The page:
LIVINGSTON has been revealed as the fast food capital of Scotland, with a fast food chain store for every 3,517 of its inhabitants.
It also has the highest concentration of McDonald’s branches per capita, with one store for every 18,756 people compared with Glasgow’s one to 27,115.
Livingston beat ten other major Scottish towns and cities to win the dubious title. At the other end of the league table, Aberdeen came out with just one fast food chain outlet per 8,481 people.
The West Lothian town, which has a population of 56,269, is home to three McDonald’s, one Burger King, one KFC, three Subways, four Greggs, and a Domino’s.
With three large shopping centres crammed into the centre, it is likely most of the fast food outlets are serving hordes of famished consumers.
The South Lanarkshire town of Hamilton was hot on the heels of Livingston, in second place with one outlet for every 3547 of its inhabitants.
The figures, researched by health website Treated.com, put Glasgow in third place based on fast food outlets per head at one for every 4,230.
The city has 141 fast food chain outlets - the largest overall number in any town or city.
It also hosts the largest number of McDonald’s (22), Subways (35) and Gregg’s (36) in the country.
Edinburgh ranked just 7th on the list. Dundee followed in 8th place.
Cumbernald was also ranked as a “healthy” town. In spite of its location, just 18 miles north-west of
Livingston, and with a similar population sizes, Cumbernauld came in second-last place with one chain outlet per 6,395 of its citizens.
Tam Fry, a spokesman for the National Obesity Forum, said of Livingston’s high number of fast food outlets: “Local councils pleaded for the recent Queen’s Speech to help them curb chain restaurants opening anywhere they please. They wanted legislation to empower them to do so but to their fury their plea was passed over.
“The outcome is inevitable. They will find it harder to prevent fast food outlets becoming even more of a blight on high streets and targeting the poorest areas of any town, such as Livingston, with junk food.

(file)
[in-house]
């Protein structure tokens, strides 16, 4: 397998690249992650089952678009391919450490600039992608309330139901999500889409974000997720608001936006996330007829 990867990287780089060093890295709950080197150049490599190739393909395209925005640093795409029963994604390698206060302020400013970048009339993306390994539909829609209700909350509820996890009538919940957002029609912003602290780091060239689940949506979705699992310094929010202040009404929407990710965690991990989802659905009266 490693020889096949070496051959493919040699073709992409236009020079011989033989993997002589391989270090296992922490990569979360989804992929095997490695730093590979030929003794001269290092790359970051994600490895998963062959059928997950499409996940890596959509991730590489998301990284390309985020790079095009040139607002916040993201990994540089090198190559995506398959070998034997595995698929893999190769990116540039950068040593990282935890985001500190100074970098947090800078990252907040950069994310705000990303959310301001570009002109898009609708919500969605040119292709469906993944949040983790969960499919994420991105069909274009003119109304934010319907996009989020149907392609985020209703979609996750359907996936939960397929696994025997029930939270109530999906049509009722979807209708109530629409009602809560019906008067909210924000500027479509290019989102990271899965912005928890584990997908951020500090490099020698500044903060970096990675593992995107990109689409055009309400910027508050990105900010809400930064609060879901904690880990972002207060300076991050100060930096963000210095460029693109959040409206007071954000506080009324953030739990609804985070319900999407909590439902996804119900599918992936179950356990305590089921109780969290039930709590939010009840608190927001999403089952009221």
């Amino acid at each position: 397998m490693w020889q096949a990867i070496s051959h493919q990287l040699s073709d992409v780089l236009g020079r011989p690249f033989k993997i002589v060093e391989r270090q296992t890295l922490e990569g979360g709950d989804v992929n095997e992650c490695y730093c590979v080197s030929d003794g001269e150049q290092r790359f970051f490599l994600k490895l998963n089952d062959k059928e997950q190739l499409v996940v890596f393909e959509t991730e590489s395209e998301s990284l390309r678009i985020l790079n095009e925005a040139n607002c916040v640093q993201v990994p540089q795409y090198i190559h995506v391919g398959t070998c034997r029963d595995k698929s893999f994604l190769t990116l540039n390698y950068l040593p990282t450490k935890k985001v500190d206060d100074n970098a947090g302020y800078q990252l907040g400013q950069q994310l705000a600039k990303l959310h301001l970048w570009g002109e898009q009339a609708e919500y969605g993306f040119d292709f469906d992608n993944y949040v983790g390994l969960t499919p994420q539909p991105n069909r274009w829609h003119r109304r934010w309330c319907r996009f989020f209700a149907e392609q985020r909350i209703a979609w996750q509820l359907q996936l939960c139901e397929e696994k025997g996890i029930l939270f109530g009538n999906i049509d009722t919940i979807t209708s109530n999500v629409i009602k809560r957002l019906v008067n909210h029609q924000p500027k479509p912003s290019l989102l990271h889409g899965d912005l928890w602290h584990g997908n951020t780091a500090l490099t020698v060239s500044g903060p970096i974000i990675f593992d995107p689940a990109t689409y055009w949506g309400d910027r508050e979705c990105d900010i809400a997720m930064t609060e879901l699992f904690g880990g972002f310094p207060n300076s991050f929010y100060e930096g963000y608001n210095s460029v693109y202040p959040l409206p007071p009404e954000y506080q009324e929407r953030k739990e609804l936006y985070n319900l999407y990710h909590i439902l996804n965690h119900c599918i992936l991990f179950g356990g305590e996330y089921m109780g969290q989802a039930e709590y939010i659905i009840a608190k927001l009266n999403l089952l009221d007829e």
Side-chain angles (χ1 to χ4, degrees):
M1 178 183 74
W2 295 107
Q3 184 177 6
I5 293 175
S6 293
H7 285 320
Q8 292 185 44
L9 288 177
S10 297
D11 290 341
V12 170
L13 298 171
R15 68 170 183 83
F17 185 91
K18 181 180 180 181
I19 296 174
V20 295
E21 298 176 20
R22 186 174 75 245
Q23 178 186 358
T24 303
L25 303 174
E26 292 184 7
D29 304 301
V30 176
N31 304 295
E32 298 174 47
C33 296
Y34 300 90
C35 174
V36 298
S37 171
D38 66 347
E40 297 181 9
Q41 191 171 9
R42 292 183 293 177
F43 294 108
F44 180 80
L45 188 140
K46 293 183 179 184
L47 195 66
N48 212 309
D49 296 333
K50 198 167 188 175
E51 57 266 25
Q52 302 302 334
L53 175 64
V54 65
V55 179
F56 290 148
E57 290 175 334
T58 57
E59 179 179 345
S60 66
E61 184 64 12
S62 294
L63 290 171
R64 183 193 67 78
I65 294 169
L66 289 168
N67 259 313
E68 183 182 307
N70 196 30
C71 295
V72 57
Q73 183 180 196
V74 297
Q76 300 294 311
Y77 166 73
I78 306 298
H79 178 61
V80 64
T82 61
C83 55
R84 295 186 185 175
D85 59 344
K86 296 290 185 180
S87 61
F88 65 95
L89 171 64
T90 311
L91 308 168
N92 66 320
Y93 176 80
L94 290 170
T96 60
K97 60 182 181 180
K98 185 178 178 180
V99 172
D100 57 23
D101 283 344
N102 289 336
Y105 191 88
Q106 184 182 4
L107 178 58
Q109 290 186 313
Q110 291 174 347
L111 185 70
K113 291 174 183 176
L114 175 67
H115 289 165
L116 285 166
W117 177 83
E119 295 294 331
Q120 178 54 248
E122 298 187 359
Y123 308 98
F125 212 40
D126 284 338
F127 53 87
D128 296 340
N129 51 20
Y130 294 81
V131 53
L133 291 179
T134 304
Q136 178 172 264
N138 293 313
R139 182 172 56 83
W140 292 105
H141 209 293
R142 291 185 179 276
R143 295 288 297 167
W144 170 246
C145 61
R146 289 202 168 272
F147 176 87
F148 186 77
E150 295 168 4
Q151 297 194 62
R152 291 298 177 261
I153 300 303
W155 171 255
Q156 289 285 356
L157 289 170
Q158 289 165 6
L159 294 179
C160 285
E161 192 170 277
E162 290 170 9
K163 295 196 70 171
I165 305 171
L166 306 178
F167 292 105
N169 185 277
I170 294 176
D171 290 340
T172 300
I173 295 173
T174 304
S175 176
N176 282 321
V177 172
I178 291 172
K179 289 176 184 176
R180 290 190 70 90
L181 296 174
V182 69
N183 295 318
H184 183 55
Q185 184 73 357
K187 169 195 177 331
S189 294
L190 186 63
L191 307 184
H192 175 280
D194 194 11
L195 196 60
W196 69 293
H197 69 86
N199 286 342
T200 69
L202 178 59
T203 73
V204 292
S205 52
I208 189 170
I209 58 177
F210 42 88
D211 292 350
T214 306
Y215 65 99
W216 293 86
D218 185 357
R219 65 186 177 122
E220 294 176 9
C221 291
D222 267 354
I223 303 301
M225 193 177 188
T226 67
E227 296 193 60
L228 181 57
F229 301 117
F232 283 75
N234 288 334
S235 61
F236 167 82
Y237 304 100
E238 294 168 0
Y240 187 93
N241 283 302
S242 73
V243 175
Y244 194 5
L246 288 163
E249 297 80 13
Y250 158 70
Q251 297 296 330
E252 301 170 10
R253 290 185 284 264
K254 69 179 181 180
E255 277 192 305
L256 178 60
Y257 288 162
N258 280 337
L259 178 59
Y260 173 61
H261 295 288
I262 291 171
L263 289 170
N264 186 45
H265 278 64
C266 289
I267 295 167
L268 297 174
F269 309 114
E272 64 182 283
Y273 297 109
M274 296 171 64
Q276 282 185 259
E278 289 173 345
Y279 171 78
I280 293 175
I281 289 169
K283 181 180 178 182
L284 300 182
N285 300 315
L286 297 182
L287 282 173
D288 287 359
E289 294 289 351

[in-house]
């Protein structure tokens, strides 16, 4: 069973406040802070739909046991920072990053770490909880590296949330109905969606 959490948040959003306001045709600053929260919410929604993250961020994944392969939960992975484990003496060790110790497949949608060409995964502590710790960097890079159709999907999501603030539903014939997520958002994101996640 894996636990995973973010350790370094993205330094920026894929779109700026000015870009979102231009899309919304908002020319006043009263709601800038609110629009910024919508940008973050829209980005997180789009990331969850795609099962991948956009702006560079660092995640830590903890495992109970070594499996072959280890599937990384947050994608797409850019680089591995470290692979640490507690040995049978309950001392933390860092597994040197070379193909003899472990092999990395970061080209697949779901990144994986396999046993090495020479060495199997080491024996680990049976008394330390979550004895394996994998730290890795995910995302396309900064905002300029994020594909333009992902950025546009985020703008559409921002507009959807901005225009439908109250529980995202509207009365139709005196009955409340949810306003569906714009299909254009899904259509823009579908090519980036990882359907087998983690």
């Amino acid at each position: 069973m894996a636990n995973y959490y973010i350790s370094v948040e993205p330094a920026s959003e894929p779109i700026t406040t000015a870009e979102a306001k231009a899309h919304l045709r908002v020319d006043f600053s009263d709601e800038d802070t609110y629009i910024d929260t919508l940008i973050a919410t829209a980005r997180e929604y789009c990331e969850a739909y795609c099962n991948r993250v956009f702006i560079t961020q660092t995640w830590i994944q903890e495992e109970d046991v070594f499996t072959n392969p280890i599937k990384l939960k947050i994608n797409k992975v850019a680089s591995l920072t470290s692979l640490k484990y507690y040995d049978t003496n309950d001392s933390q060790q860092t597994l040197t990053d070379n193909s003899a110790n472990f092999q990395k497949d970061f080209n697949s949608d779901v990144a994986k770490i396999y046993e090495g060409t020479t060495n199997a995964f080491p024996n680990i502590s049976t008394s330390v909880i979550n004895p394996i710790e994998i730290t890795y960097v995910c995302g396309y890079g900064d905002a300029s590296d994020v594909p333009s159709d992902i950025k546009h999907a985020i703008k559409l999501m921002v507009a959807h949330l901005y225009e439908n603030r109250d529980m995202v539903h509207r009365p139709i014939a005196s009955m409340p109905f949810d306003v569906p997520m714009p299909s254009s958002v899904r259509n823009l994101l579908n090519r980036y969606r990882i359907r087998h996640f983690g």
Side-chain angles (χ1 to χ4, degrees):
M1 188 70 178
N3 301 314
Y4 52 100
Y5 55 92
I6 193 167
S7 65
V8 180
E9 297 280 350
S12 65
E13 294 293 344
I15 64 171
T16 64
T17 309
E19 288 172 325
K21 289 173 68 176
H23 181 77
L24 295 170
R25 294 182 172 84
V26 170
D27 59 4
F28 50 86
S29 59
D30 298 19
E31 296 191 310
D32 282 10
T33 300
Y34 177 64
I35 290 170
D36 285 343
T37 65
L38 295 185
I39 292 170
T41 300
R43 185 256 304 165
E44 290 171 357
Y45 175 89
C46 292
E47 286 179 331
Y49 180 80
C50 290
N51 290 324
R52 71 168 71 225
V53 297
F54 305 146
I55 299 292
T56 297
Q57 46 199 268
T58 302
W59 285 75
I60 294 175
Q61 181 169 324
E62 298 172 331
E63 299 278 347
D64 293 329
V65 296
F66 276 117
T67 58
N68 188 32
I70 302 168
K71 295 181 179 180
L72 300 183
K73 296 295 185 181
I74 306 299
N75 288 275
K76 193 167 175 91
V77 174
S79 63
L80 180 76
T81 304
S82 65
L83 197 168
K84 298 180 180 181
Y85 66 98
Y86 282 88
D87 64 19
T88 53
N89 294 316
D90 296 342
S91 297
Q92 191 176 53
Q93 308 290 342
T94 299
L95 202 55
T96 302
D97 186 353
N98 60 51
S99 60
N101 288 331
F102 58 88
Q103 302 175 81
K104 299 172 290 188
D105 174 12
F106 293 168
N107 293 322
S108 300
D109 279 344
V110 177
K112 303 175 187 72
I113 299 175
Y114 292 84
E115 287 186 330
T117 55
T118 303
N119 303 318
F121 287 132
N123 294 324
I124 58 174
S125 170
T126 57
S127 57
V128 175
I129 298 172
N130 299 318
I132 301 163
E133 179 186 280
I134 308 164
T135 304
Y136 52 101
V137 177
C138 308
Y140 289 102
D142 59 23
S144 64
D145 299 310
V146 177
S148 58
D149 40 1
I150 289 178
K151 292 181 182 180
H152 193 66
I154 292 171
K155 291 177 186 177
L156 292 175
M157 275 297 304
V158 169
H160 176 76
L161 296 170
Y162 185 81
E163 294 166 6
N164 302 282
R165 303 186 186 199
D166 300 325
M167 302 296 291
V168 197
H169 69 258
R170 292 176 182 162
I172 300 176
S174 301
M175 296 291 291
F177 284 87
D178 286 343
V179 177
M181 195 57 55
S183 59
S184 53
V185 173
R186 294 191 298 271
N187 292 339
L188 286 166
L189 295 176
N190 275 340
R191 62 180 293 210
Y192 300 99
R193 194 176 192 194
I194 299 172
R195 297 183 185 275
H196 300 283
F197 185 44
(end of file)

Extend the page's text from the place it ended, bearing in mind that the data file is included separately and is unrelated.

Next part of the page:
“Scotland’s obesity problem will only get worse until such regulation is imposed “.
The study examined the numbers of seven popular fast food retailers in Scotland’s ten largest towns and cities.
By looking at the number of McDonald’s, Burger Kings, KFCs, Subway, Greggs, and Domino’s in comparison to the population, researchers were able to locate the nation’s fast food hotspots. Costa coffee outlets were also counted by researchers as fast food outlets.
Figures from 2013 showed that almost two-thirds of Scottish adults wereoverweight, with a staggering 27.1 per cent classed as obese.
Officials have put the official cost of obesity to the Scottish NHS as high as £600 million every year.
And earlier this year, a parliamentary report claimed that obesity could be costing the Scottish economy up to £4.6bn overall.
The research concentrated on big-name fast food chains and ignored independently-run chip shops and cafes.
Dr Wayne Osborne, who led the study, warned: ‘The main attraction of fast food chains is their convenience. They’re most often situated on the busy main streets, and for many they’re the safe, recognisable bet
in train stations and airports.
“But the simpler options aren’t always the healthiest. It’s no secret that fast food is generally high in saturated fats, which can raise cholesterol levels and blood pressure.”